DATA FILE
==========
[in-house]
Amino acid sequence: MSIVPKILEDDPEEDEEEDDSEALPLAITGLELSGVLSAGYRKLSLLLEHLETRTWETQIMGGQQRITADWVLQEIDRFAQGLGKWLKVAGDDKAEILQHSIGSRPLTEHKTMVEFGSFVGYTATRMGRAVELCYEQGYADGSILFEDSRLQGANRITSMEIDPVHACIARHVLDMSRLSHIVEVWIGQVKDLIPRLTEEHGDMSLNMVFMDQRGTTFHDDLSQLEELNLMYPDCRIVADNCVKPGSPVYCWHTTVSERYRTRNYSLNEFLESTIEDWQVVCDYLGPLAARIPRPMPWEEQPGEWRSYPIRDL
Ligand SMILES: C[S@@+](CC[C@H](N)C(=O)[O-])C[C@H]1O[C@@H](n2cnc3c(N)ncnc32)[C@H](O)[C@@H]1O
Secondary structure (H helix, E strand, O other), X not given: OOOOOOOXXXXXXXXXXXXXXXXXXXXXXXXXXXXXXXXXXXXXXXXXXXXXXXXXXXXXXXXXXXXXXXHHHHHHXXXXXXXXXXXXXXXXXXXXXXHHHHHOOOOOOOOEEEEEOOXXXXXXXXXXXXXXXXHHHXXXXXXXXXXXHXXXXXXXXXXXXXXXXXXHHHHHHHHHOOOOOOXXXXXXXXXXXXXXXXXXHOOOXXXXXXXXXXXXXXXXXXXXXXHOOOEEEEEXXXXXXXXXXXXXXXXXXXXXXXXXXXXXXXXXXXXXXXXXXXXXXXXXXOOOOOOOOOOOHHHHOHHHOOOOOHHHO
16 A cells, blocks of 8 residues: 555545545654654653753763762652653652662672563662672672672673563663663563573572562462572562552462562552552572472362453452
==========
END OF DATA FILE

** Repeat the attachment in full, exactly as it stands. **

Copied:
[in-house]
Amino acid sequence: MSIVPKILEDDPEEDEEEDDSEALPLAITGLELSGVLSAGYRKLSLLLEHLETRTWETQIMGGQQRITADWVLQEIDRFAQGLGKWLKVAGDDKAEILQHSIGSRPLTEHKTMVEFGSFVGYTATRMGRAVELCYEQGYADGSILFEDSRLQGANRITSMEIDPVHACIARHVLDMSRLSHIVEVWIGQVKDLIPRLTEEHGDMSLNMVFMDQRGTTFHDDLSQLEELNLMYPDCRIVADNCVKPGSPVYCWHTTVSERYRTRNYSLNEFLESTIEDWQVVCDYLGPLAARIPRPMPWEEQPGEWRSYPIRDL
Ligand SMILES: C[S@@+](CC[C@H](N)C(=O)[O-])C[C@H]1O[C@@H](n2cnc3c(N)ncnc32)[C@H](O)[C@@H]1O
Secondary structure (H helix, E strand, O other), X not given: OOOOOOOXXXXXXXXXXXXXXXXXXXXXXXXXXXXXXXXXXXXXXXXXXXXXXXXXXXXXXXXXXXXXXXHHHHHHXXXXXXXXXXXXXXXXXXXXXXHHHHHOOOOOOOOEEEEEOOXXXXXXXXXXXXXXXXHHHXXXXXXXXXXXHXXXXXXXXXXXXXXXXXXHHHHHHHHHOOOOOOXXXXXXXXXXXXXXXXXXHOOOXXXXXXXXXXXXXXXXXXXXXXHOOOEEEEEXXXXXXXXXXXXXXXXXXXXXXXXXXXXXXXXXXXXXXXXXXXXXXXXXXOOOOOOOOOOOHHHHOHHHOOOOOHHHO
16 A cells, blocks of 8 residues: 555545545654654653753763762652653652662672563662672672672673563663663563573572562462572562552462562552552572472362453452